Motorola made a dizzying number of announcements here at 3GSM this year, although the only new phone clearly headed for US shores is the awkwardly-named "MOTOQ q9".
Since it is so awkwardly named, we're just going to call it the "Q9", Motorola brand police(TM) be damned. Since we are talking about the successor to the original Q, (the Q1, if you will,) Q2 would have probably been the most sensible name. Perhaps Motorola thought it would be too freaky to say "the Q2 is coming in Q2."
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The Q9 is a noticeable improvement on the original Q in almost every way. The original Q had an odd size ratio that was unusually long, and it's size/weight ratio made it feel slightly cheap. The new Q9 suffers from neither issue, with a size, shape, and weight that feels perfectly balanced and solid.
The keyboard is the biggest single improvement. The new keys are simply fantastic. One nice thing about the original Q was how the extended bottom section gave you plenty to hold on to while typing with your thumbs. When you first see the Q9, you might think the buttons are too close to the bottom to type while keeping the phone comfortably balanced, but in fact the way the bottom edge is beveled out makes it surprisingly easy to hold and type.
The Q9 is the second in Motorola's "SCPL" series. (The first was the ultra-basic MOTOFONE.) Although Motorola has been hyping SCPL for over a year as the next big thing after RAZR, it turns out that SCPL is really just a "design language". The bright chrome raised d-pad seems to be part of it, as are the way the top and bottom are rounded and beveled.
Moving to the innards, the memory has also been boosted. In fact, the Q9 has industry-leading memory specs for a mainstream Windows Mobile device: 256 MB flash memory for storage (expandable via microSD) and a whopping 96 MB of RAM for running many applications at once (64 is standard).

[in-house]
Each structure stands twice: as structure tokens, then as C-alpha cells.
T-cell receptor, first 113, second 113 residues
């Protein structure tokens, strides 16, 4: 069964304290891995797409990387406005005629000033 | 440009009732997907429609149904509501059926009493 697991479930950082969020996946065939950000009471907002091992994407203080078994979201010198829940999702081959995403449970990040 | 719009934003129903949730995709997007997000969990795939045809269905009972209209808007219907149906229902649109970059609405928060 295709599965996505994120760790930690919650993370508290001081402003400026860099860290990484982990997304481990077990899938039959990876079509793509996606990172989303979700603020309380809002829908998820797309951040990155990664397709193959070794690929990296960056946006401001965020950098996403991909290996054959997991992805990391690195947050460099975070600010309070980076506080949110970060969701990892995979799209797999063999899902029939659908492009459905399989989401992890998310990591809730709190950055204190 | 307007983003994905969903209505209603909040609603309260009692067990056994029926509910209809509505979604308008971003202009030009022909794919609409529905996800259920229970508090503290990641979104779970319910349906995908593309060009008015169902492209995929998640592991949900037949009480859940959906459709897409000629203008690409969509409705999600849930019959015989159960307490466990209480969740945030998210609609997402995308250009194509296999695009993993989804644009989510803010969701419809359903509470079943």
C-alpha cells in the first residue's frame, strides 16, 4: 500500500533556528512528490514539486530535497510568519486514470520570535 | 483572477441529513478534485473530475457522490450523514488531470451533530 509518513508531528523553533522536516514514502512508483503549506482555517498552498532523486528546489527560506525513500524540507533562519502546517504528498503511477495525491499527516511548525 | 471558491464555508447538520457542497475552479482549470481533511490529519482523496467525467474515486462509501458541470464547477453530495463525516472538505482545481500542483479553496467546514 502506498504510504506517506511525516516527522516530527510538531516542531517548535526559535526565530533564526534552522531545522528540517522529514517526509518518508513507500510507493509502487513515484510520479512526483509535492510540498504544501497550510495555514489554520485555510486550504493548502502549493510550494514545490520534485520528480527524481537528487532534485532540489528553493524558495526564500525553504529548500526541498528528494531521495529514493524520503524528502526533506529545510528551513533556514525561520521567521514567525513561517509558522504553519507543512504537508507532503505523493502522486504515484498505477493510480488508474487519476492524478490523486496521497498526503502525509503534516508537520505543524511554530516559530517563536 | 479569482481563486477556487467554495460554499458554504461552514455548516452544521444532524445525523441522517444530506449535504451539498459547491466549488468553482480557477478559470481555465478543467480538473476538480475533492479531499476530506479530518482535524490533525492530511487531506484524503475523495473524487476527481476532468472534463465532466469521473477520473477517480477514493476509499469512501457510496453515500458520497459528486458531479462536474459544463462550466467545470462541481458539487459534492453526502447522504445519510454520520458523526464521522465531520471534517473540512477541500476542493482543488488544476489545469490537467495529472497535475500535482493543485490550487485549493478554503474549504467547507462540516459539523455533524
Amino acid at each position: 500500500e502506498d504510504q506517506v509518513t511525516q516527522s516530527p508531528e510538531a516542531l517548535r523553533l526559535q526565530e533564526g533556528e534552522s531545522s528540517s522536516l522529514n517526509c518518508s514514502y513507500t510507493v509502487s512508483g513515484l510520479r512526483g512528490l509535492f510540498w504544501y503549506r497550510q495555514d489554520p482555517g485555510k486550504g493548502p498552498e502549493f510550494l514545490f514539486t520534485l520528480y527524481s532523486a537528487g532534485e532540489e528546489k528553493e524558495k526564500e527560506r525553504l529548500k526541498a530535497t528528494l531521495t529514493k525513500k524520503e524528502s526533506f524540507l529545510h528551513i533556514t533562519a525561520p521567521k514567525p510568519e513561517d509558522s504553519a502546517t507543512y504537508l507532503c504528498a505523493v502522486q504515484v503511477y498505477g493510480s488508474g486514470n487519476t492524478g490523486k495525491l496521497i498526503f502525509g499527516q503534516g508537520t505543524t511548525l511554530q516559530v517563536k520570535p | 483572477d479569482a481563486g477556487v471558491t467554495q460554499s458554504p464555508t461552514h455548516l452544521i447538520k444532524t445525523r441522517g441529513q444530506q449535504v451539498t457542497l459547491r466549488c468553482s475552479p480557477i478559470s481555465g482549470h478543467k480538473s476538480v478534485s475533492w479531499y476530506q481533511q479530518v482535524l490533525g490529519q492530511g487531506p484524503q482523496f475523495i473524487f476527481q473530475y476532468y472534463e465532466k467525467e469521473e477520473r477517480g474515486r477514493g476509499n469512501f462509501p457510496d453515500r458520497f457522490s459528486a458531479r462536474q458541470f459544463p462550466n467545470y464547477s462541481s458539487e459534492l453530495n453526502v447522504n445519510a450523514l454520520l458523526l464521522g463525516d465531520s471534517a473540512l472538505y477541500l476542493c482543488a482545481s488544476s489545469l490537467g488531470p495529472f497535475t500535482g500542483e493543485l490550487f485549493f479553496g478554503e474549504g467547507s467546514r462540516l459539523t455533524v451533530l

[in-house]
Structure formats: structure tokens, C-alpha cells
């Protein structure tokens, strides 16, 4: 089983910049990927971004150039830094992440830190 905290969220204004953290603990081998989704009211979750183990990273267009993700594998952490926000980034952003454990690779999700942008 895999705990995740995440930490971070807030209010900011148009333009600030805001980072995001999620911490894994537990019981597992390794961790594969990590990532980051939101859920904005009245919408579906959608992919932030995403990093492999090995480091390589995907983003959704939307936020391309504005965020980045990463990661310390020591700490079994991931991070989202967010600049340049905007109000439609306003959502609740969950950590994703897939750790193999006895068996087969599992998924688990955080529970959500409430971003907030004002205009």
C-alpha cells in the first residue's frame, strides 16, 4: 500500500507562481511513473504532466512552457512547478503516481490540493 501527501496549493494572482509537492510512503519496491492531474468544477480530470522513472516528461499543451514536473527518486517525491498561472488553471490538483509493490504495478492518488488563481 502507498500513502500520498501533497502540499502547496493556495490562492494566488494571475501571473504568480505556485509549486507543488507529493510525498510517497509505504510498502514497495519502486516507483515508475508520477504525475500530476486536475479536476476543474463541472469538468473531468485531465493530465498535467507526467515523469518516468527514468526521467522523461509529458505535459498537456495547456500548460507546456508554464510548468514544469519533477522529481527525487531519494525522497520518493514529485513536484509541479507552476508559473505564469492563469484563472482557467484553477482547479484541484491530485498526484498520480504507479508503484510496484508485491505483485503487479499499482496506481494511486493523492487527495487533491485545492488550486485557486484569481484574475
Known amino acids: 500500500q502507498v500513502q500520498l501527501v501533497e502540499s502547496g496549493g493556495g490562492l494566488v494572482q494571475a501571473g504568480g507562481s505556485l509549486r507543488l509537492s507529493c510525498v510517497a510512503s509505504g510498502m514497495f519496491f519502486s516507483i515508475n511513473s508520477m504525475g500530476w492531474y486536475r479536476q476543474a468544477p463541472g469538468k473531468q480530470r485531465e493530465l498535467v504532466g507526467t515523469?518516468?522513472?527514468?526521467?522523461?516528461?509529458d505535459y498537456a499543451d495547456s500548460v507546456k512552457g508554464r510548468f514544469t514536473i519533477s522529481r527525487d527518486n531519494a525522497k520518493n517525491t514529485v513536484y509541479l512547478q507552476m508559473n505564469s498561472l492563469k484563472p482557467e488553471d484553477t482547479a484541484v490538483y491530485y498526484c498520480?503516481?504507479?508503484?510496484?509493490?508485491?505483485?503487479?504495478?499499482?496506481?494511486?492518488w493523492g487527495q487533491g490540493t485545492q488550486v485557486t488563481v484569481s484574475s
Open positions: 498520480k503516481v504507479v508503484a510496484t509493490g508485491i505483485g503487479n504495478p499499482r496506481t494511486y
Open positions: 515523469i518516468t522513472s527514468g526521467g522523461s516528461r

The Q9 will compete against an increasingly crowded market of Windows Mobile smartphones with QWERTY keyboards. In size, the Q9 is competitive with the rest of the pack, although it doesn't lead the pack the way the original Q did when it was announced. The Samsung BlackJack may be the Q9's closest rival. Although the BlackJack is smaller, the far roomier keyboard and display of the Q9 may make up for the size difference for most people.
There will be three versions of the Q9 coming out over the next several months. All have quad-band GSM and EDGE. The difference is in the 3G (WCDMA + HSDPA) bands they support. Naturally, one version will do 2100 for Europe. For North America, there will be a 850/1900 version - presumably for Cingular - and a 1700 version, presumably for T-Mobile USA. That last version is the most interesting, because it's the first device to be announced that supports the new 1700 / AWS spectrum that T-Mobile just won in an FCC auction. Motorola hopes to have the European version and at least one of the US versions launched by mid-year.
The rest of spec sheet is mostly what you'd expect these days: stereo Bluetooth, microSD memory card slot, and a 2 megapixel cameras with 30 FPS video capture. One welcome spec is the inclusion of the speedy HSDPA 3.6 standard (as opposed to 1.8.)
The Motorola Q makes its GSM debut on AT&T with the Q9h. It matches the CDMA model in both styling and features with 3G and GPS.
Our on-the-scene report from the CTIA trade show in Orlando. New phones from Sony Ericsson, Kyocera, Helio, HTC, Alcatel, Motorola and Pantech.
This tour shows off the improvements Moto has made in its latest smartphone, the Q9.
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